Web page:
Asheville Hemp Project Intel.
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Leslie Hoffman discusses Hemp CBD business plan for Asheville Hemp Project
Oracle Group included our founder, Leslie Hoffman in a recent podcast. Topics covered by Adrian Pearson, the interviewer, included the effects of cannabinoids, a bit about the AHP products and ideals, and advice from an OG entrepreneur about starting up in the cannabis business. Listen up... or read the transcript.
NT: I appreciate you for agreeing to do this interview with Nameless Times. I want to first get your perspective on how you got into the CBD / Hemp business?
LH: I've been involved in the reform movement around cannabis for a long time. I had a hemp fashion company 25 years ago, so I've been around cannabis and I have also been involved in the medical marijuana industry in the Northeast. I have a farm and I've had one for the last 35 years. And when the pilot program in North Carolina opened up, I applied for a license and have been farming hemp since 2017. Coming out with a line of products was the next natural progression of my work on the farm with my partner Scott Brinkley.
NT: That's amazing. So you really have been involved with the culture for a long time. Dealing with hemp as a material and substance.
LH: Honey, I am OG.
NT: Well, I love it. From your perspective, for listeners that may have never used CBD or hemp or THC, what are some of the benefits that you've seen or experienced from CBD?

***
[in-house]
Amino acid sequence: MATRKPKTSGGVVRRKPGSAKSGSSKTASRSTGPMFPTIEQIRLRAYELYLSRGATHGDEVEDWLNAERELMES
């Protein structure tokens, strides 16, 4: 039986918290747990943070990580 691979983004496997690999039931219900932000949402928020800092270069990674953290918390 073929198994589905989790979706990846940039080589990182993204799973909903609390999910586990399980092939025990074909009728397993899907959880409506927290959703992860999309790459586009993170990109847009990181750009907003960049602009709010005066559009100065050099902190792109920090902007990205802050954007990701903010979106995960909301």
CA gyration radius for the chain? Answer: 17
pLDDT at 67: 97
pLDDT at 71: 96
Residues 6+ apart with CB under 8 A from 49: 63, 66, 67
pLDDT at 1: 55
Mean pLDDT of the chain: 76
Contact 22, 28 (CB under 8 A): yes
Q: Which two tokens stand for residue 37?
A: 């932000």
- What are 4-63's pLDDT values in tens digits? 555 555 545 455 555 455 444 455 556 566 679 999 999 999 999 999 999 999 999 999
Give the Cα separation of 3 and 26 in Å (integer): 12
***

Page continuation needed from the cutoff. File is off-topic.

LH: The plant is an amazing plant. And the cannabinoids vary in terms of their impact. So CBD and THC, for instance, the two that are most well known now are very different. THC is psychoactive, whereas CBD is not. We're making CBD products with hemp. So we're growing, cultivating a plant that has a high CBD and has a legal limit of THC, which is very, very low: 0.3%. Marijuana is more like 22%.
NT: Oh, wow.
LH: There’s a huge difference from THC. So CBD, first of all, is anti-inflammatory. Whether ingested, taking into your body through a smoke or a tincture, or extract. Our CBD gum is a super efficient and effective way to take CBD into your system, it will tend to relax. So even if you apply a topical, you could put it on a sore elbow and have it help. But much of our inner pain also comes from inflammation. So the anti-inflammatory quality is very, very valuable. It also tends to relax people and to work as an anti-anxiety remedy. So that's very valuable. And then there are myriad benefits of balancing our endocannabinoid system. And with that, you would often want the full spectrum, even if it's a small amount of THC. But it'll also have some CBN and some CBG and some CBD of course. So you get the benefit of all of them.
NT: I love that. Do you personally use hemp / CBD, and if you do, what are some of the main reasons why you personally use it?
LH: I find cannabis to be an enormous balanced product to have in my daily life. So I will smoke it. I will ingest it. I will chew a piece of gum. I'll put a squirt of an extract, even in my salad oil. You know, just to make sure I'm getting it.
NT: Right. I love that. What is the one favorite or one of the best places you traveled so far?
LH: I'm pretty much a present tense personality. I'm on the farm planting right now, so today, the farm is my favorite place to be. But as I mentioned, I had a farm in Hawaii and I’ve been a lifelong transoceanic sailor. So maybe the open water is a favorite place.
NT: Okay. I like that. What do you see as the future for the marijuana, cannabis, hemp industry? Where do you see it going with laws changing and things becoming more lenient. What do you see as the future for hemp?
LH: Opening up. Free the plants, open it up, try it, utilize it where it benefits your life. Grow it, if you want to grow it as a gardener. You know: free it up. And I think we're getting pretty darn close on a federal level. I mean, hemp is now federally legal 100% and I think we're not far away from having marijuana be legalized as well. I don't want to put a date on it, but it's got to be be coming.